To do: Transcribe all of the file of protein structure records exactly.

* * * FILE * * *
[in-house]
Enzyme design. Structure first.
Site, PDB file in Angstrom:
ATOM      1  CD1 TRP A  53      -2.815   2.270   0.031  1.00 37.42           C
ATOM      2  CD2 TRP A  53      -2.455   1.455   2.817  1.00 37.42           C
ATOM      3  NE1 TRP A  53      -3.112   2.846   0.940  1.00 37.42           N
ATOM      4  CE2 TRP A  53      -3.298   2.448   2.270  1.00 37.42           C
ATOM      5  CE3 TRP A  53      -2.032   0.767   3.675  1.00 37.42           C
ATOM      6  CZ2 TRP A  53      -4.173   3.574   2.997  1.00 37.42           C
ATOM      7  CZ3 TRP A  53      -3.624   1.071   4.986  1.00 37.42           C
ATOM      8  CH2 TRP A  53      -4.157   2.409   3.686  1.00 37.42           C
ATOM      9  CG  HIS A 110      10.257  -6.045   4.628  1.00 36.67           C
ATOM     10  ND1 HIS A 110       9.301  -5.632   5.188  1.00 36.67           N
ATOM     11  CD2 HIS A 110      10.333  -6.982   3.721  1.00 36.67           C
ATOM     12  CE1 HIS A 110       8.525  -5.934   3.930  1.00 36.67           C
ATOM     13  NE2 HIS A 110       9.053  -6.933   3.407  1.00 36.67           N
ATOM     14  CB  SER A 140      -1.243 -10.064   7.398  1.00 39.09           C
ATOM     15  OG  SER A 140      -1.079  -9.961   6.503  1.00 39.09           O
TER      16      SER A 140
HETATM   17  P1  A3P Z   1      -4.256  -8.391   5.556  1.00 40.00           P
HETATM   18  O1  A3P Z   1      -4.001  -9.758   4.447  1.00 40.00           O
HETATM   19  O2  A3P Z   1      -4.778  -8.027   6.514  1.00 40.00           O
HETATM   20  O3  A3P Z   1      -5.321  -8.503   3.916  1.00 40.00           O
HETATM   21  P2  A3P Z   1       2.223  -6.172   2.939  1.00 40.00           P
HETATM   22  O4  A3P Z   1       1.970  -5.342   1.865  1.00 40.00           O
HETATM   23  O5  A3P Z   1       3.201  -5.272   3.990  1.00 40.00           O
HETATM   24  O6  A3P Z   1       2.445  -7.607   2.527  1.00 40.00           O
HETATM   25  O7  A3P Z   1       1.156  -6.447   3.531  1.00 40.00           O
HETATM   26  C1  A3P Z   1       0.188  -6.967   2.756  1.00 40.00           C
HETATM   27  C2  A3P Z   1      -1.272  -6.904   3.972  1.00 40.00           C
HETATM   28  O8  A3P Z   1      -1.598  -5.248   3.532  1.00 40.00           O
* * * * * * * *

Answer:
[in-house]
Enzyme design. Structure first.
Site, PDB file in Angstrom:
ATOM      1  CD1 TRP A  53      -2.815   2.270   0.031  1.00 37.42           C
ATOM      2  CD2 TRP A  53      -2.455   1.455   2.817  1.00 37.42           C
ATOM      3  NE1 TRP A  53      -3.112   2.846   0.940  1.00 37.42           N
ATOM      4  CE2 TRP A  53      -3.298   2.448   2.270  1.00 37.42           C
ATOM      5  CE3 TRP A  53      -2.032   0.767   3.675  1.00 37.42           C
ATOM      6  CZ2 TRP A  53      -4.173   3.574   2.997  1.00 37.42           C
ATOM      7  CZ3 TRP A  53      -3.624   1.071   4.986  1.00 37.42           C
ATOM      8  CH2 TRP A  53      -4.157   2.409   3.686  1.00 37.42           C
ATOM      9  CG  HIS A 110      10.257  -6.045   4.628  1.00 36.67           C
ATOM     10  ND1 HIS A 110       9.301  -5.632   5.188  1.00 36.67           N
ATOM     11  CD2 HIS A 110      10.333  -6.982   3.721  1.00 36.67           C
ATOM     12  CE1 HIS A 110       8.525  -5.934   3.930  1.00 36.67           C
ATOM     13  NE2 HIS A 110       9.053  -6.933   3.407  1.00 36.67           N
ATOM     14  CB  SER A 140      -1.243 -10.064   7.398  1.00 39.09           C
ATOM     15  OG  SER A 140      -1.079  -9.961   6.503  1.00 39.09           O
TER      16      SER A 140
HETATM   17  P1  A3P Z   1      -4.256  -8.391   5.556  1.00 40.00           P
HETATM   18  O1  A3P Z   1      -4.001  -9.758   4.447  1.00 40.00           O
HETATM   19  O2  A3P Z   1      -4.778  -8.027   6.514  1.00 40.00           O
HETATM   20  O3  A3P Z   1      -5.321  -8.503   3.916  1.00 40.00           O
HETATM   21  P2  A3P Z   1       2.223  -6.172   2.939  1.00 40.00           P
HETATM   22  O4  A3P Z   1       1.970  -5.342   1.865  1.00 40.00           O
HETATM   23  O5  A3P Z   1       3.201  -5.272   3.990  1.00 40.00           O
HETATM   24  O6  A3P Z   1       2.445  -7.607   2.527  1.00 40.00           O
HETATM   25  O7  A3P Z   1       1.156  -6.447   3.531  1.00 40.00           O
HETATM   26  C1  A3P Z   1       0.188  -6.967   2.756  1.00 40.00           C
HETATM   27  C2  A3P Z   1      -1.272  -6.904   3.972  1.00 40.00           C
HETATM   28  O8  A3P Z   1      -1.598  -5.248   3.532  1.00 40.00           O